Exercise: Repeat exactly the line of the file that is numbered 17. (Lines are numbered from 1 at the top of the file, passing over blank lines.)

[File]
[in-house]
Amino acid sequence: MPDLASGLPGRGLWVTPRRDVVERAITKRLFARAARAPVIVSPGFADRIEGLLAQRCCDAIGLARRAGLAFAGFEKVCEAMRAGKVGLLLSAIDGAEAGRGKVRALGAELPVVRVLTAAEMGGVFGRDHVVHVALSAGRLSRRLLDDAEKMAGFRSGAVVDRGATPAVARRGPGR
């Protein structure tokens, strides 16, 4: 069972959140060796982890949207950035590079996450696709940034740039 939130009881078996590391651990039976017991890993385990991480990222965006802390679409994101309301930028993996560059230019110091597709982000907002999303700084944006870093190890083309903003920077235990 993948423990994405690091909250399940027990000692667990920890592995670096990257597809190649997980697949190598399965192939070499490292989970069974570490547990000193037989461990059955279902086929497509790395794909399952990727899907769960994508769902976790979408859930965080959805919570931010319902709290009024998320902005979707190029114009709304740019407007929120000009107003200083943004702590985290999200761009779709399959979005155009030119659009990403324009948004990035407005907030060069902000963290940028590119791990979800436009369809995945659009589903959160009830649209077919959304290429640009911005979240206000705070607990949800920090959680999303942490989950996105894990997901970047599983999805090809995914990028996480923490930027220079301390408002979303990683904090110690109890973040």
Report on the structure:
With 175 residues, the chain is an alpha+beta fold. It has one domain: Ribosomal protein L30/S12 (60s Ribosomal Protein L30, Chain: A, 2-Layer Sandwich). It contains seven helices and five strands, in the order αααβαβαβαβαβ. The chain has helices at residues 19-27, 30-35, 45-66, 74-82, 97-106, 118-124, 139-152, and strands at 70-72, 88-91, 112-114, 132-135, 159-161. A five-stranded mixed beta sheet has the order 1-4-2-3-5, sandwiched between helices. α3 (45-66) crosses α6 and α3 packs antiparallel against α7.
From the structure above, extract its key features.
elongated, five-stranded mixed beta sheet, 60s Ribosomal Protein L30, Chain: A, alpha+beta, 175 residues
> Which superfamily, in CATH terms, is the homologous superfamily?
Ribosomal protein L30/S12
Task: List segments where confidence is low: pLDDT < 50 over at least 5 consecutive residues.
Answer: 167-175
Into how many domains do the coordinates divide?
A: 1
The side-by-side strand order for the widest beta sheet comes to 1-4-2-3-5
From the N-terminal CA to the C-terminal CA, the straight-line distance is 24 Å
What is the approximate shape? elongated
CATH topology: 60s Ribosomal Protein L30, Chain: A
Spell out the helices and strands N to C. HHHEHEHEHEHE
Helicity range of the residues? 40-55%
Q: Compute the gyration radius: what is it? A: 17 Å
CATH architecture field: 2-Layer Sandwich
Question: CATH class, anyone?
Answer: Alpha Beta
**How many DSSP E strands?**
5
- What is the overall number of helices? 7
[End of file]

CATH topology: 60s Ribosomal Protein L30, Chain: A